> maintain. The forms of space and time are applied to
      > data as they are received from the object producing
      > them. The a priori concepts have their origins in
      > human nature so that they're neither caused by the
      > sensed object nor bring it into being, but provide a
      > kind of screening function for what sense data we will
      > accept. When our eyes blink, for example, our sense
      > data tell us that the world has disappeared. But this
      > is screened out and never gets to our consciousness
      > because we have in our minds an a priori concept that
      > the world has continuity. What we think of as reality
      > is a continuous synthesis of elements from a fixed
      > hierarchy of a priori concepts and the ever changing
      > data of the senses.
      > "
      >
      >
      >
      >
      > --- Bill Harris <bhvwd@...> escreveu: > What if
      > all things that exist=1? Bill
      > > ----- Original Message -----
      > > From: "Eduard Alf" <yeoman@...>
      > > To: "Existlist" <existlist@yahoogroups.com>
      > > Sent: Tuesday, October 23, 2001 8:52 PM
      > > Subject: [existlist] Existence by action
      > >
      > >
      > > > Folks,
      > > >
      > > > I am trying something new. In brief I am
      > > > following the method in Spinoza's Ethics to prove
      > > > existence by action. The first proposition is
      > > > that of Spinoza [so you will get an idea of the
      > > > method] and the second is mine.
      > > >
      > > > Proposition XXXVI.
      > > >
      > > > He who remembers a thing, in which he has once
      > > > taken delight, desires to possess it under the
      > > > same circumstances as when he first took delight
      > > > therein.
      > > >
      > > > Proof: Everything, which a man has seen in
      > > > conjunction with the object of his love, will be
      > > > to him accidentally a cause of pleasure (III.
      > > > xv.); he will, therefore, desire to possess it, in
      > > > conjunction with that wherein he has taken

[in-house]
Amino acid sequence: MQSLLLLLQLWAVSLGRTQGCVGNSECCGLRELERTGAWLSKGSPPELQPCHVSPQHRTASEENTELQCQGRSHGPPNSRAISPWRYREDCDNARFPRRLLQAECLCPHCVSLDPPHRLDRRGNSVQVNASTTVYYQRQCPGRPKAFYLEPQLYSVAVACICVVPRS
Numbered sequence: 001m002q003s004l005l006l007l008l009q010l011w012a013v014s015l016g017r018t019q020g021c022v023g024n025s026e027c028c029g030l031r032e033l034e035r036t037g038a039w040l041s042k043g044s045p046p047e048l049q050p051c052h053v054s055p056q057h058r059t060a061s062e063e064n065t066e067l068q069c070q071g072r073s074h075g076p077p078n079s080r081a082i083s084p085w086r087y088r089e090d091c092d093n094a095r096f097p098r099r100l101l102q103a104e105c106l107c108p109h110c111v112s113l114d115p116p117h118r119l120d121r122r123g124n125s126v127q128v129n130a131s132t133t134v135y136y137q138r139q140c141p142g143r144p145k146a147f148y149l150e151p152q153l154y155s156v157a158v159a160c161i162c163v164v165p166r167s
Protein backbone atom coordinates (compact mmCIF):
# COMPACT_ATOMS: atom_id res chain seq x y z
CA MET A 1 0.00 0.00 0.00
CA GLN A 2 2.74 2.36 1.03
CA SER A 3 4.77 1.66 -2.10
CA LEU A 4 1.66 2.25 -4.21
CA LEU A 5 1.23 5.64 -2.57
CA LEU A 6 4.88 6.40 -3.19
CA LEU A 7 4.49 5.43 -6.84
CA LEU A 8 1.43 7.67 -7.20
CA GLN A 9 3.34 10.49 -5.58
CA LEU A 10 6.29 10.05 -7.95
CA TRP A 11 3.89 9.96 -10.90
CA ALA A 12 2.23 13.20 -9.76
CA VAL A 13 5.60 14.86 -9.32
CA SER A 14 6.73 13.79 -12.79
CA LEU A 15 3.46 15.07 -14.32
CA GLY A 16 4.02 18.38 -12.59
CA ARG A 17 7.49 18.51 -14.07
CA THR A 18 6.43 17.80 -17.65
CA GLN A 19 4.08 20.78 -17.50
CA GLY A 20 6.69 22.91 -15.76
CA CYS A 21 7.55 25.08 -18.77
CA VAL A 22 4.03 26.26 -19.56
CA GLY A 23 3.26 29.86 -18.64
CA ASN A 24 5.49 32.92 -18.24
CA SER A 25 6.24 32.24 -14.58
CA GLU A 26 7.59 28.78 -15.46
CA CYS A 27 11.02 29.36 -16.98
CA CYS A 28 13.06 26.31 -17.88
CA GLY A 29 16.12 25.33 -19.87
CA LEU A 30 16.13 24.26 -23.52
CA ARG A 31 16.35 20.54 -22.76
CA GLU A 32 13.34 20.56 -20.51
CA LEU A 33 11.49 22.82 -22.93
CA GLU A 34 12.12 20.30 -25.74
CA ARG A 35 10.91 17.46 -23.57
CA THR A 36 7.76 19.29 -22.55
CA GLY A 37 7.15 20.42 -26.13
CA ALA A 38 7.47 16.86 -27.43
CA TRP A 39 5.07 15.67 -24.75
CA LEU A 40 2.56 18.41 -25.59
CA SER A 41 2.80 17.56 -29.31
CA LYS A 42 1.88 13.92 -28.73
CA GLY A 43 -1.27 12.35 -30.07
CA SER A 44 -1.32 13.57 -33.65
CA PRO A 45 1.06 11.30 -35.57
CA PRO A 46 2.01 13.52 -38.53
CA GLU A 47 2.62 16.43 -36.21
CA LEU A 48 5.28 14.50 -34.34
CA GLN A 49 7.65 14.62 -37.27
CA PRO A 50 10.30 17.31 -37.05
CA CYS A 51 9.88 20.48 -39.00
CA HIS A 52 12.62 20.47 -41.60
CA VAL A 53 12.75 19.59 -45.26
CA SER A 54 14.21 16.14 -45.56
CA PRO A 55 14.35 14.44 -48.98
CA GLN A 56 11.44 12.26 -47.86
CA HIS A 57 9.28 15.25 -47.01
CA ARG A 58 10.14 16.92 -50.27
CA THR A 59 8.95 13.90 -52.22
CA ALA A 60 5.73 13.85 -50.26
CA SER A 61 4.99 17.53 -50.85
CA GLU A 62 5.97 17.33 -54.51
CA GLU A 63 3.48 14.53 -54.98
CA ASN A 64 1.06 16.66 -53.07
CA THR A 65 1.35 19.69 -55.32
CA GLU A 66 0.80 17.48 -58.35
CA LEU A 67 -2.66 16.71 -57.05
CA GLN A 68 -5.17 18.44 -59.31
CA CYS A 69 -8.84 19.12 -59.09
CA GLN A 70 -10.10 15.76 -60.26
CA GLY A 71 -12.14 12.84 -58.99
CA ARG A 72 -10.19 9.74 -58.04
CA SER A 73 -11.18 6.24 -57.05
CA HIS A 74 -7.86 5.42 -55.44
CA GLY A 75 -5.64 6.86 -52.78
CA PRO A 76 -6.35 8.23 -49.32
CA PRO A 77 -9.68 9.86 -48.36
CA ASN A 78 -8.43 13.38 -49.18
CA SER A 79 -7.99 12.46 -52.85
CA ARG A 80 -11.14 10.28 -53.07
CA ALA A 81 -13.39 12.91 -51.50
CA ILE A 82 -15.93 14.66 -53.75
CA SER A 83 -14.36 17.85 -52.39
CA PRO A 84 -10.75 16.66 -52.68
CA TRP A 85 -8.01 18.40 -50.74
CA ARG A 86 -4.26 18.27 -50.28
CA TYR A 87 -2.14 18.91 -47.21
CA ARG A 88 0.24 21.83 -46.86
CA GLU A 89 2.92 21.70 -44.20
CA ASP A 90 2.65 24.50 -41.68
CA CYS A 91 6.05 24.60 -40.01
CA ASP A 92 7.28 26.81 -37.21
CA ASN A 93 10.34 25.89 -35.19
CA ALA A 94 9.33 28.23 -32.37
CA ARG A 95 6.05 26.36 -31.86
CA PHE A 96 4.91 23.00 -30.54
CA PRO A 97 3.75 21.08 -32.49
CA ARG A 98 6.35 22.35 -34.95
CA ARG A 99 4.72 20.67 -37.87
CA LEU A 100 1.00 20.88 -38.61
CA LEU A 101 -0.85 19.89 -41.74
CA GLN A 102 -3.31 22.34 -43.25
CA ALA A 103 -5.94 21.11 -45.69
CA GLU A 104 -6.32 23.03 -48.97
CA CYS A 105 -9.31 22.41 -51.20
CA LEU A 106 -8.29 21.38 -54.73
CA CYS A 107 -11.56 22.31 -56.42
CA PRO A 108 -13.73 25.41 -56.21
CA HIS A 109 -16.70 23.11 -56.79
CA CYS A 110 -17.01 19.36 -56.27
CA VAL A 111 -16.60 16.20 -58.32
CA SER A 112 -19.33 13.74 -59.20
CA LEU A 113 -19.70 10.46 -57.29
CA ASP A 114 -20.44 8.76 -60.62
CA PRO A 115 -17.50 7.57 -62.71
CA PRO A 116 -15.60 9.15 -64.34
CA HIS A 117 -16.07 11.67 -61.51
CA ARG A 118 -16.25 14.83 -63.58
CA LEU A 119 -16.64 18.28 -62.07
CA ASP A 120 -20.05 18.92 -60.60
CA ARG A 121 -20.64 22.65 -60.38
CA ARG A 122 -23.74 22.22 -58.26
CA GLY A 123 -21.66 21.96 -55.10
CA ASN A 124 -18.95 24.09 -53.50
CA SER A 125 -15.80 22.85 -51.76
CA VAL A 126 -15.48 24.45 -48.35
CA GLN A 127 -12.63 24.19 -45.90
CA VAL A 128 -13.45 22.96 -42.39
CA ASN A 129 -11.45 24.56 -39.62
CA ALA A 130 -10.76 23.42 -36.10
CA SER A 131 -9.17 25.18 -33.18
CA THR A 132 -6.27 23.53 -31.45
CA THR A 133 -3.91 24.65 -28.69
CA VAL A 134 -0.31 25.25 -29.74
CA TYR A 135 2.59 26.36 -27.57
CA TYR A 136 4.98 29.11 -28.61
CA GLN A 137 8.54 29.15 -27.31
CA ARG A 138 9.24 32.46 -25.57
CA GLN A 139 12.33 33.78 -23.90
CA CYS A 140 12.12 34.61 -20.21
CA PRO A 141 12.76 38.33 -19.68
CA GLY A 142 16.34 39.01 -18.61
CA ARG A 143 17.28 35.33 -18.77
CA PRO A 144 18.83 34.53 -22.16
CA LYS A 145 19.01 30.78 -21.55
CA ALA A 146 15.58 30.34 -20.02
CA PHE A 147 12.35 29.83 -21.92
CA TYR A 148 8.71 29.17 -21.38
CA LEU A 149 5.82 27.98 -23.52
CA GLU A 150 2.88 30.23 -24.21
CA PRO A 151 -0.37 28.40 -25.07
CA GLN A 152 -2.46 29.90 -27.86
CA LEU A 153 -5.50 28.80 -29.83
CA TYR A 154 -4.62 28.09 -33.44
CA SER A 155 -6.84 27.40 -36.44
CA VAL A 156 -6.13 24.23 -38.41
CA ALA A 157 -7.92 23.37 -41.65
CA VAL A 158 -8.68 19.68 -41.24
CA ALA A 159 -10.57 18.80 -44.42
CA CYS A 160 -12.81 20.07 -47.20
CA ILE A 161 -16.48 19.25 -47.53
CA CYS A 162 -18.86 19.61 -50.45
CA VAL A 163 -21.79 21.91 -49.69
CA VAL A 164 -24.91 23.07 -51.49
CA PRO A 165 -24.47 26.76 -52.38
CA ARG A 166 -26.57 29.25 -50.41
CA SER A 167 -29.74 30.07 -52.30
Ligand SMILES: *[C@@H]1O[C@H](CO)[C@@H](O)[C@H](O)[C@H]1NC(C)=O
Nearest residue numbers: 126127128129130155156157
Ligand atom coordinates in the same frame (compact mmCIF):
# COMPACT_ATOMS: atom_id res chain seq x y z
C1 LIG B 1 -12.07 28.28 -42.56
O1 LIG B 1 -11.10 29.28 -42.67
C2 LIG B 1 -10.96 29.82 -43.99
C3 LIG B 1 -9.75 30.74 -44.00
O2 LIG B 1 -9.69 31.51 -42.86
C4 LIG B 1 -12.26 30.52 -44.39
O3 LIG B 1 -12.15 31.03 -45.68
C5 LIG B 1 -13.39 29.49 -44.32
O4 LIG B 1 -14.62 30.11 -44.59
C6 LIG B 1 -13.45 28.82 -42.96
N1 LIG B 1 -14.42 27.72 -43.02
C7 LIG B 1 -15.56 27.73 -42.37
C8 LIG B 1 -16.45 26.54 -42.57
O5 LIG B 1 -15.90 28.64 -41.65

> > > delight; in other words, he will desire to possess
      > > > the object of his love under the same
      > > > circumstances as when he first took delight
      > > > therein. Q.E.D.
      > > >
      > > > Corollary: A lover will, therefore, feel pain if
      > > > one of the aforesaid attendant circumstances be
      > > > missing.
      > > >
      > > > Proof: For, in so far as he finds some
      > > > circumstance to be missing, he conceives something
      > > > which excludes its existence. As he is assumed to
      > > > be desirous for love's sake of that thing or
      > > > circumstance (by the last Prop.), he will, in so
      > > > far as he conceives it to be missing, feel pain
      > > > (III. xix.). Q.E.D.
      > > >
      > > > Note: This pain, in so far as it has reference to
      > > > the absence of the object of love, is called
      > > > Regret.
      > > >
      > > > proposition I
      > > >
      > > > One only exists because one acts
      > > >
      > > > Proof: A things which exists, does so within the
      > > > set of all things that exist. If a limited set is
      > > > considered to contain "n" existing things, then by
      > > > existing the set would contain the "1" and "n-1"
      > > > others. However, the attributes of the "1" can
      > > > only be known through some interaction with some
      > > > or all of the "n-1". Without this interaction,
      > > > the attributes cannot be known and thus the "1"
      > > > itself cannot be known and must be taken to not
      > > > exist. Q.E.D.
      > > >
      > > > any comments?
      > > > eduard
      > > >
      > > >
      > > >